Sunday, September 19, 2010

Why are So Many Mom & Pop Retail Stores Run by Idiots?

I just want to offer a bit of general feedback to all those Mom and Pop stores that find themselves trying to compete with large, volume-buyer, retailers. It's acceptable in many circumstance to charge a little extra for the things you sell. Everyone probably understands that you can't discount your prices as much as a Wal-Mart type store that buys the same item in multiples of a billion. However, if the only way you think you can stock a common (i.e. non-specialty) item is to charge way over list price for it, you'd be better off just not stocking it at all. When your customer finds out they've been dramatically overcharged, it will likely be the very last thing you sell to that customer.

I recently visited "The Country Pedaler" in Castle Rock, CO on the way to a mountain bike ride to pick up an innertube, just in case I had a flat on the ride that couldn't be patched. It's a small shop, so I went in expecting to pay up to the full retail list price for the tube. The store location was convenient because it was along the way to the trailhead, so I didn't even mind paying a bit more than I would have paid for that item at a larger bike store like BikeSource or Performance Bicycle. I had never bought a tube of the particular size I needed so I wasn't sure what its normal price should be. I was charged $10.00, which I thought was a little high, but I trusted that even if the price was on the high end of the retail price range for that item, it wouldn't be too different than what I might find elsewhere. So, I considered the convenience factor to be worth maybe 10% or 20% and bought it anyway.

Any time I find that I have been charged more than 40% OVER the full retail list price for a basic, commodity, accessory item (like a bicycle innertube), I can't help but feel I've been ripped off. I found out later that the same exact item has a full retail list price of $7.00. To make things even worse, I found that the price for a similar (maybe even better) quality tube, at other local specialty bike stores, was as low as $5.29. "The Country Pedaler" price was marked up in excess of their competitors by a margin of almost 90%. You read it right, almost double the price other local stores charged for the same simple accessory item. It wasn't hard to find or in short supply. It didn't require special expertise or consultation from a sales person. It was just WAY overpriced.

The tube was the very first thing I purchased from The Country Pedaler bike store, and, because it was so drastically overpriced, it will likely be the VERY LAST thing I purchase from that store. They don't really have any option to correct their mistake now because they've already proven that I can't trust their prices to be even approximately fair, never mind competitive. Offering a refund or price adjustment now wouldn't even change my impression that the store generally charges an exorbitant amount over even full retail list prices. I wonder if it is any consolation to the store's owner that he gets to keep that extra $3.00 profit on that one sale (assuming I don't just return it for a refund) or if he even realizes how much it cost his business to jack up the price on a simple accessory item.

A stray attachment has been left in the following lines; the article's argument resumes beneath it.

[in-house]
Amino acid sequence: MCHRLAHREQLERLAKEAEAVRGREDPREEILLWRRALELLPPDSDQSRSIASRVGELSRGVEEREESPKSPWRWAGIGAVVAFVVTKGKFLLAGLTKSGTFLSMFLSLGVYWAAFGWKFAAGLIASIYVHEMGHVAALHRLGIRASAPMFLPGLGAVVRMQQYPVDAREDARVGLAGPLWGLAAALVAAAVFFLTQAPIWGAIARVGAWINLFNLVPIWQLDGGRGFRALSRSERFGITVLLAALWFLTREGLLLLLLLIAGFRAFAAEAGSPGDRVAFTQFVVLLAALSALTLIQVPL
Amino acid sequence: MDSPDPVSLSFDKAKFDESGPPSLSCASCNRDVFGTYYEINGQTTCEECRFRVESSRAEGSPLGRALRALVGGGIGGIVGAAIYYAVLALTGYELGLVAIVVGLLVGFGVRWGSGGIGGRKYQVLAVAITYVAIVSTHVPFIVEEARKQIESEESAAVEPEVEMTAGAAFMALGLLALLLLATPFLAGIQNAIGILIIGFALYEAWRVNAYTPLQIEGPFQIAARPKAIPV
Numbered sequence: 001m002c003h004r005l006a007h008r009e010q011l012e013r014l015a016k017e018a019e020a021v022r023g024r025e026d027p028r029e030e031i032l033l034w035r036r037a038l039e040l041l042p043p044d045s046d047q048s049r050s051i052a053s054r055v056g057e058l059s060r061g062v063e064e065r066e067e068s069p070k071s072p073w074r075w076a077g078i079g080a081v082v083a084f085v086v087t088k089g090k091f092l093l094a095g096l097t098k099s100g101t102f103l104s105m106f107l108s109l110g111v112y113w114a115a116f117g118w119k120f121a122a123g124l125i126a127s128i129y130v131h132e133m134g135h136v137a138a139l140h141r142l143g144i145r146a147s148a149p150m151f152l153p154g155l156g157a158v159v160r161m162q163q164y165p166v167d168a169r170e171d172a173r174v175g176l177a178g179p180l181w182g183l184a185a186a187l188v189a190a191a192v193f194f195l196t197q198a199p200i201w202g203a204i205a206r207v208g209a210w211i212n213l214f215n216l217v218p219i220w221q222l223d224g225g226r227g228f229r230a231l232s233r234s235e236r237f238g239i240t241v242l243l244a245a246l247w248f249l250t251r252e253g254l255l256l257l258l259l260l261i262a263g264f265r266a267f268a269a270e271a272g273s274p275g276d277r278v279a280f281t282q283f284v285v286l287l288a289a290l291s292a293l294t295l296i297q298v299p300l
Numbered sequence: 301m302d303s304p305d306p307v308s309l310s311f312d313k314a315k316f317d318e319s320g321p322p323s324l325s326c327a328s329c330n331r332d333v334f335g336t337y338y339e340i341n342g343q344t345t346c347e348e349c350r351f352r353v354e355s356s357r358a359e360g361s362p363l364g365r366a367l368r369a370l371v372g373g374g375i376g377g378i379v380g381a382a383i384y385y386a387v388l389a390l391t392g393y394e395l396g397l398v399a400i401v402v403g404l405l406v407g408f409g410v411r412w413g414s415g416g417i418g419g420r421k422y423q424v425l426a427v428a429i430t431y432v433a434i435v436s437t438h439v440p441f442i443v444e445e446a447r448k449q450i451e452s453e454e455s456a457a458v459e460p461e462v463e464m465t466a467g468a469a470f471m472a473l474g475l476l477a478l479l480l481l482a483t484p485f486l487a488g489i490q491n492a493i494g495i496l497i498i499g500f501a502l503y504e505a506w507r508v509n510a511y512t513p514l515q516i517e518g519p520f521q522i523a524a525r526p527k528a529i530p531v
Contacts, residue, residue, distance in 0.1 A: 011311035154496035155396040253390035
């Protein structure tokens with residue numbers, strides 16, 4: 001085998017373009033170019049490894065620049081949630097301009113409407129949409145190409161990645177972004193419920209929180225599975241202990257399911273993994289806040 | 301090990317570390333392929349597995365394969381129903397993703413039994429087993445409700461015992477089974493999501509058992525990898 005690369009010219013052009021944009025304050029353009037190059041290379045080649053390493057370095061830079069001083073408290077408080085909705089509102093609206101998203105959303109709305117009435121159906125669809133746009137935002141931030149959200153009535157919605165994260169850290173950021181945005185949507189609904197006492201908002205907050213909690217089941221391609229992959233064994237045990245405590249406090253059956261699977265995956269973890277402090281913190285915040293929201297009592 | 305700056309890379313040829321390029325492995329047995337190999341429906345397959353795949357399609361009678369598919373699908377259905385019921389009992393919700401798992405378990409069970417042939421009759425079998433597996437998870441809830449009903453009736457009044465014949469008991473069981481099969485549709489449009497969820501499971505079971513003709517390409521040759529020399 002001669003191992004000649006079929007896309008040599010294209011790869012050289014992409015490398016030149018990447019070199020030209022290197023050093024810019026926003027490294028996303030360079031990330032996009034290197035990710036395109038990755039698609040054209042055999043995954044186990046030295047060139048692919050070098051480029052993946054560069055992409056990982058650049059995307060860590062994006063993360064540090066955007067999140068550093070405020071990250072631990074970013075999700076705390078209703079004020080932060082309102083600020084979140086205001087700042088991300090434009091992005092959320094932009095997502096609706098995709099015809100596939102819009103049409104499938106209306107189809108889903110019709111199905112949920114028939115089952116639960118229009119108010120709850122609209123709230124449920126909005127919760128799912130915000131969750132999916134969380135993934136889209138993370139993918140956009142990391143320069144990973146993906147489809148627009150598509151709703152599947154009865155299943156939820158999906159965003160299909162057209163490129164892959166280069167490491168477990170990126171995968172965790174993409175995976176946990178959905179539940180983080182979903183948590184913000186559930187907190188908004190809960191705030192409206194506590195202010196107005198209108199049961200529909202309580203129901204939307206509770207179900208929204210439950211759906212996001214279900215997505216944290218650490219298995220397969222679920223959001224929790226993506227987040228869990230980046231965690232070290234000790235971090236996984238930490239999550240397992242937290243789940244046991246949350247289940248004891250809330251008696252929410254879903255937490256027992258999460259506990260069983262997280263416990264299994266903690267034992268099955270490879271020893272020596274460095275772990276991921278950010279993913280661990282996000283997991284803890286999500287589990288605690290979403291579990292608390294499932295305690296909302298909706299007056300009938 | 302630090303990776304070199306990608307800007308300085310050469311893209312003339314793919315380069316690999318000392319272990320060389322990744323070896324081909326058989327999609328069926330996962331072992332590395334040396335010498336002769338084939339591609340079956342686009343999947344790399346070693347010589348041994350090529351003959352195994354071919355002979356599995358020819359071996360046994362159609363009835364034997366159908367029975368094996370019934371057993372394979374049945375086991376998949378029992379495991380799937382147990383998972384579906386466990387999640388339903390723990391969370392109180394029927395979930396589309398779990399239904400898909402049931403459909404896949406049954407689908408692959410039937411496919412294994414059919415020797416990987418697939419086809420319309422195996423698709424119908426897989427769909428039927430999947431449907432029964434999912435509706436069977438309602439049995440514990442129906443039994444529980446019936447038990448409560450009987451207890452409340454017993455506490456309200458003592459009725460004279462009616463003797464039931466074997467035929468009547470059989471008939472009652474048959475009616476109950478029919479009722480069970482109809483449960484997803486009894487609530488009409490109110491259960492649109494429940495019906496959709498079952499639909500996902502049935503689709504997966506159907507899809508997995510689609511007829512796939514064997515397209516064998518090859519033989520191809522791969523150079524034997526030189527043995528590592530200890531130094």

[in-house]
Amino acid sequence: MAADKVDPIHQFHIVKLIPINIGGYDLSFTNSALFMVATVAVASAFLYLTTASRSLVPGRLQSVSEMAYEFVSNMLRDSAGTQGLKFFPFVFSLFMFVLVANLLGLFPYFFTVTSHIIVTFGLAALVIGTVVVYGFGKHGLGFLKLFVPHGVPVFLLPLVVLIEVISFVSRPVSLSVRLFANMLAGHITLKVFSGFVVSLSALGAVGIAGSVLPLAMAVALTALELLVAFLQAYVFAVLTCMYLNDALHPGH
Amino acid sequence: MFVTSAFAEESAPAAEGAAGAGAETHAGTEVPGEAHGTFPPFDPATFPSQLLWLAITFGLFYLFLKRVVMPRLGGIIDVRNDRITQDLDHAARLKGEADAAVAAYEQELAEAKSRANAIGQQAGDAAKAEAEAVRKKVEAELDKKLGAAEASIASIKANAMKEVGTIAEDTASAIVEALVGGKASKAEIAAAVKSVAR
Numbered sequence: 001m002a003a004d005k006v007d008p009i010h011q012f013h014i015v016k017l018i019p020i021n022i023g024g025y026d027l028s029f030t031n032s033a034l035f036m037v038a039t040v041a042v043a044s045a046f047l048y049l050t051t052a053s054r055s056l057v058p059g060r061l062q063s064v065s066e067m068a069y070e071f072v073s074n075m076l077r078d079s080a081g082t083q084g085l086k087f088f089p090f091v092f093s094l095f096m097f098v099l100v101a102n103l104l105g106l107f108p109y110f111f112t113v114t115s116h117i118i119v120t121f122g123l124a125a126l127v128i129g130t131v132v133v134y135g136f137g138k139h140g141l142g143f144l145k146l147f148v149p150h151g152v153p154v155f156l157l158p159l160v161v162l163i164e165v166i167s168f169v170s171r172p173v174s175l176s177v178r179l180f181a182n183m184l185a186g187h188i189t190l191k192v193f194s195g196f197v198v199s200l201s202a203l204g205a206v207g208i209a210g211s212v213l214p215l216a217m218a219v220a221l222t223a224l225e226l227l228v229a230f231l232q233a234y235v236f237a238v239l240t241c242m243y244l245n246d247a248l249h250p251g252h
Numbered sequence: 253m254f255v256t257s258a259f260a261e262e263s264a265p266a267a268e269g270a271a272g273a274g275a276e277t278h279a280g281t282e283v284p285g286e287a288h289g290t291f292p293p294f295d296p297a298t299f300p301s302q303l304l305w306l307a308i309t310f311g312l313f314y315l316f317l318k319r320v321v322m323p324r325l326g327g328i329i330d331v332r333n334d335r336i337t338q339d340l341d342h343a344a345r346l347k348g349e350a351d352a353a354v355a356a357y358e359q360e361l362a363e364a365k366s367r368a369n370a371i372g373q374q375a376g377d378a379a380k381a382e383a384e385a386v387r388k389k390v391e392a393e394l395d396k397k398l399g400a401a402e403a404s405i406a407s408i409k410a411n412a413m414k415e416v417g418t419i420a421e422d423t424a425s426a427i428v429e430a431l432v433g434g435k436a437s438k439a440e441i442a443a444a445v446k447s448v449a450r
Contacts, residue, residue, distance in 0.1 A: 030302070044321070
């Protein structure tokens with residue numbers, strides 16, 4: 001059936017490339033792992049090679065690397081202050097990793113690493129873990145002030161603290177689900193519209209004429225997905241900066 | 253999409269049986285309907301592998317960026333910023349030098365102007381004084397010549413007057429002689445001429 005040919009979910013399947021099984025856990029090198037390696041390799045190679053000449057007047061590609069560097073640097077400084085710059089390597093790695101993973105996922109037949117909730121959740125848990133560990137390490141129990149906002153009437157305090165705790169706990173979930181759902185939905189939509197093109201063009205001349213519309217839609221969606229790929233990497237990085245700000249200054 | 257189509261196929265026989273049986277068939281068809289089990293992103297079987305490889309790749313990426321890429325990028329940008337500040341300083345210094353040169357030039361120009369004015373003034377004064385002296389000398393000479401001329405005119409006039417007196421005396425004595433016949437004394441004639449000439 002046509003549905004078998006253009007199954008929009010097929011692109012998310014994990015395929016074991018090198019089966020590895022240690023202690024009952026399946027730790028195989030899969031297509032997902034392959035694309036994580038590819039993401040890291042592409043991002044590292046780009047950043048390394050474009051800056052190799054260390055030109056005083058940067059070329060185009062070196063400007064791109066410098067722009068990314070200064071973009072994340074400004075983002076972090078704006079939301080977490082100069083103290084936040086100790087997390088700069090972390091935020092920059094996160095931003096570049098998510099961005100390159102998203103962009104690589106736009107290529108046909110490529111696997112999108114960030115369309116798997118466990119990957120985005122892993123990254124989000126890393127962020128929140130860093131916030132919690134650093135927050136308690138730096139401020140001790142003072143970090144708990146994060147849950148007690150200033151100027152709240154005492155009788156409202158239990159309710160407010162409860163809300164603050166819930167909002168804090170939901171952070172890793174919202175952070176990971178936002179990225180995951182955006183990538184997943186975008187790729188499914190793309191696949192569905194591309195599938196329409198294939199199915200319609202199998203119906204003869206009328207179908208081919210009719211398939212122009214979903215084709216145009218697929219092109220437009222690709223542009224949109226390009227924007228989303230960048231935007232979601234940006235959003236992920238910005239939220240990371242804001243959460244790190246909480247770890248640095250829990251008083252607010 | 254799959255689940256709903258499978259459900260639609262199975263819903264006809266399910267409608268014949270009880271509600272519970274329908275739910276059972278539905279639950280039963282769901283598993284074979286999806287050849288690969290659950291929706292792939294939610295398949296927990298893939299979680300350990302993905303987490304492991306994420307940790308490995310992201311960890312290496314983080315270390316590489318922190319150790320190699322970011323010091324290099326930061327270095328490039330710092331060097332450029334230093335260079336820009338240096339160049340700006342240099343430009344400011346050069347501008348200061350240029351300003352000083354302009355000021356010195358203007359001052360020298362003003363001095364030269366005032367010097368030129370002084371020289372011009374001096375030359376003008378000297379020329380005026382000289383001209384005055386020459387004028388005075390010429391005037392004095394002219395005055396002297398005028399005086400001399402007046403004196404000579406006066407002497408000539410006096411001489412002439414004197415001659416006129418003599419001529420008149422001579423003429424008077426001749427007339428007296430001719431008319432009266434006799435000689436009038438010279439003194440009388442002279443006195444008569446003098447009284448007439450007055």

It is possible that I might decide to give The Country Pedaler a second chance several years from now, just to see if they got a clue and changed how they're setting their prices, but for now, they've lost me as a customer. Somehow I doubt the store will survive if they continue to alienate potential customers they way they have with me. I suspect anyone who finds this blog post will be reluctant to do business with them either. I certainly won't be recommending that anyone else visit that shop. In fact, I'll definitely warn them and send them elsewhere whenever possible.

Other mom and pop retailers that wish to keep customers and remain competitive should take this as a warning. You might be able to justify prices closer to full retail because you may be in a more convenient location than the "discounter" shop. Your customers might not even mind spending a little extra with you if you're able to give them more personal attention when they visit your store. But beware if you go beyond "a little extra" on your prices and gouge someone by pricing a relatively insignificant item well over its fair retail price. You're compromising the trust they have in your store, swapping positive word-of-mouth advertising for bad, and forfeiting any profit you might have earned on future purchases. All you gain for that is a few extra bucks, one time... most likely one LAST time.

Saturday, September 18, 2010

Garmin PC Map Updater Software SUCKS

I'd venture a guess that Garmin spends 99+% of its software development resources on the software that is actually on the device. I have experience with Nuvi, eTrex, and Forerunner models and most of the time, the menus, functions, and display options a Garmin GPS device seem to be reasonable and stable. But then Garmin's Windows based tools to support those GPS devices SUCK. I mean they REALLY, REALLY SUCK!! My last 3+ hour episode of utter frustration using one of Garmin's crap-ware tools was while attempting to simply update the Maps on a Nuvi automotive GPS device. I know it costs money to keep map data up to date, but the $90 I had to pay was still a bit steep for the marginal improvement in usability. Roads just don't change that significantly, that often. The map updater software required the following steps before it completed the simple simple task of checking a purchase license, matching it to the device serial number, and transferring map data onto a USB device.

1. Install a "communicator" plugin into the web browser (Firefox). Web browsers already have as their single most definitive purpose, "communicating with web servers" so it is aggravating that Garmin feels it is necessary to introduce additional software to accomplish this for "their" data.

2. Realize that for some unreported, unexplained reason, the Garmin Firefox plugin just doesn't work. No error message appeared suggesting that something was wrong. It just didn't ever "communicate" anything.

3. Install a "communicator" plugin into Microsoft Internet Explorer. IE is not the browser I normally use, so I have to remember this for any other interaction with Garmin's special IE only web site. C'mon Garmin, those days are long gone. Only the worst type of idiot-clown web sites authors still lock their content into IE only.